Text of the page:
|A good studio-center location should have rocks and sea and sunsets...|
Yesterday I wrote about my property search this week in Maine. What does this mean for my painting and my students?
I’ve worked with some fine properties over the years. Unfortunately, some have gone out of business and some have changed their business structure. Furthermore, it’s unfair to expect hotels to welcome paint and turps slopped on their meeting-room carpeting. A studio is a godsend in inclement weather and for critique or instruction. That is easy enough in Rochester, but has been difficult in Maine.
|It should have lighthouses, like this one painted by Nancy Woogen at Marshall's Point in 2013.|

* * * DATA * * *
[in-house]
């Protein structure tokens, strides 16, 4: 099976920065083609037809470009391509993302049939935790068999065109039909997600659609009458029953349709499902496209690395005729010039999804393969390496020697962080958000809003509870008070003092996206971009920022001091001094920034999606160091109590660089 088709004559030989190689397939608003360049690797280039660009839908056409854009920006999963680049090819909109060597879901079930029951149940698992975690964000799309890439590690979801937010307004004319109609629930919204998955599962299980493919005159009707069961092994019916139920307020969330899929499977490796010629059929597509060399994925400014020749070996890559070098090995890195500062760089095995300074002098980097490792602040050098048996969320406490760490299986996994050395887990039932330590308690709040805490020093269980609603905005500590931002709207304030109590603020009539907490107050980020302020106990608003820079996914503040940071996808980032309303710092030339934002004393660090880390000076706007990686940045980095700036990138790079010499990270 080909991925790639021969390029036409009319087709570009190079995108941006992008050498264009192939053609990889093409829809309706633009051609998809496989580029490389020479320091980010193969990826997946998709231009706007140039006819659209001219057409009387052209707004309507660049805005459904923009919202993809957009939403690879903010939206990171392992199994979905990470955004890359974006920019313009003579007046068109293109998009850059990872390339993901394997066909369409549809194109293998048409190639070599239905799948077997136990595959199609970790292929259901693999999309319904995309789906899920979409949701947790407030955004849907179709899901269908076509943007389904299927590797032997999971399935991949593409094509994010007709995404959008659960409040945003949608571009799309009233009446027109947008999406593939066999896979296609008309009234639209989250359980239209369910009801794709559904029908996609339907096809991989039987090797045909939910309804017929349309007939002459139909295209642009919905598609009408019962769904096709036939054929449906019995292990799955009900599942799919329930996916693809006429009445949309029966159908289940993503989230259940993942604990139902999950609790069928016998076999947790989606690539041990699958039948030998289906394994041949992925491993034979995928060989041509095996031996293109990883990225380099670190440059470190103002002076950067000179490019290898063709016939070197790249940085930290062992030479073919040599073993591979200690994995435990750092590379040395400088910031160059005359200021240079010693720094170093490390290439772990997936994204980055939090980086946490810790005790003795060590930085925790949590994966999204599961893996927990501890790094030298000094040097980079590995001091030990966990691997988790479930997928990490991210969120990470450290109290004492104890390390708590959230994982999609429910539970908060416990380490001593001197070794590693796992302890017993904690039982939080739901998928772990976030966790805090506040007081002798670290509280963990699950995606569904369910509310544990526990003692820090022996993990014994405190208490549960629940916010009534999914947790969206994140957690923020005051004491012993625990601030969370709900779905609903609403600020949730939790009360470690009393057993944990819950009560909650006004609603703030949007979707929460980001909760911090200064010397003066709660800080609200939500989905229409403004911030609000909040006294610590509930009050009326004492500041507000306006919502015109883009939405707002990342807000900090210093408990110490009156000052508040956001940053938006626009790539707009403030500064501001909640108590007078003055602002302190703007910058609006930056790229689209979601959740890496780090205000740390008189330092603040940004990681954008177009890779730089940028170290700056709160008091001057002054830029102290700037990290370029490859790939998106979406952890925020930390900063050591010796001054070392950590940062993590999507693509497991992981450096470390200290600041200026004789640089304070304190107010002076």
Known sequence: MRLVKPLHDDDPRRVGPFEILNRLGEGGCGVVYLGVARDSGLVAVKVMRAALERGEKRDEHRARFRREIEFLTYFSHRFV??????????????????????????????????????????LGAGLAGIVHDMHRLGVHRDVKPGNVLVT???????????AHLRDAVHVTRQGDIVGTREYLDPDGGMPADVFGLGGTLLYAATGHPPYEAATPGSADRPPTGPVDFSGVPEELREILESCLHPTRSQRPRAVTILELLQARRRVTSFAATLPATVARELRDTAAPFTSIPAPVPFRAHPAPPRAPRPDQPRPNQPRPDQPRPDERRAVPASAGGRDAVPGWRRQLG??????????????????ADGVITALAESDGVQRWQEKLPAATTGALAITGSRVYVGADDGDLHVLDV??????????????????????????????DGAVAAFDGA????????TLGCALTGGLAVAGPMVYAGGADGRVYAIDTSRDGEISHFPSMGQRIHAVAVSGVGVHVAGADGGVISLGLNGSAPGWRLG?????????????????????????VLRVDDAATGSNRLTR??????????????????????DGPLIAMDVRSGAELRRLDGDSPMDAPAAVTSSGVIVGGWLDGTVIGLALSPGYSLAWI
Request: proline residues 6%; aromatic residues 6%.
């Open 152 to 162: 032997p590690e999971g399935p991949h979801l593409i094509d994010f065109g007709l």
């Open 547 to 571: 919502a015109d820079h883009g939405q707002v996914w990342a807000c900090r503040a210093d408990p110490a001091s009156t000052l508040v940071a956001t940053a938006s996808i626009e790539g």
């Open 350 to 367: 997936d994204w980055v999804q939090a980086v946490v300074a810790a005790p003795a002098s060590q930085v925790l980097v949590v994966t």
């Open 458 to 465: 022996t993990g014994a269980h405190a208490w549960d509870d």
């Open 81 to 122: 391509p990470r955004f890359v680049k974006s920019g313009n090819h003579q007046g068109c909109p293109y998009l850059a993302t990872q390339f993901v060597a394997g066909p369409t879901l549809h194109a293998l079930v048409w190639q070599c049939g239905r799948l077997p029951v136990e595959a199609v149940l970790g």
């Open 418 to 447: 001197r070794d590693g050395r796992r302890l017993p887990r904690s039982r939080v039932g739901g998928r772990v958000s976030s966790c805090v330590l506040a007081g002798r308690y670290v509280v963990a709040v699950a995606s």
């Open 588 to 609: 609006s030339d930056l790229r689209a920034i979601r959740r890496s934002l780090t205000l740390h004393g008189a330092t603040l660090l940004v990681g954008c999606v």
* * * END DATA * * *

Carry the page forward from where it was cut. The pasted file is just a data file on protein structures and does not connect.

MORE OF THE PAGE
I’m not interested in running my own inn, so there has to be ample housing at all price points. It must be a short drive to great painting sites, because nobody wants to spend all day in the car. And the studio needs to be light, bright, and large enough to accommodate 12-14 students.
|It should have quiet, wooded places.|
Whether I’ve found that property remains to be seen. In the meantime, I’m having surgery on my eyes today, so all real estate transactions are on temporary hiatus.
|And it should have boats in all states. These are by me.|
An aside: my 18-year-old son toured properties with me, patiently analyzing and considering them. On the way home I attempted to stop at LL Bean’s outlet in Freeport, but five minutes in a clothing store and he was done. Men!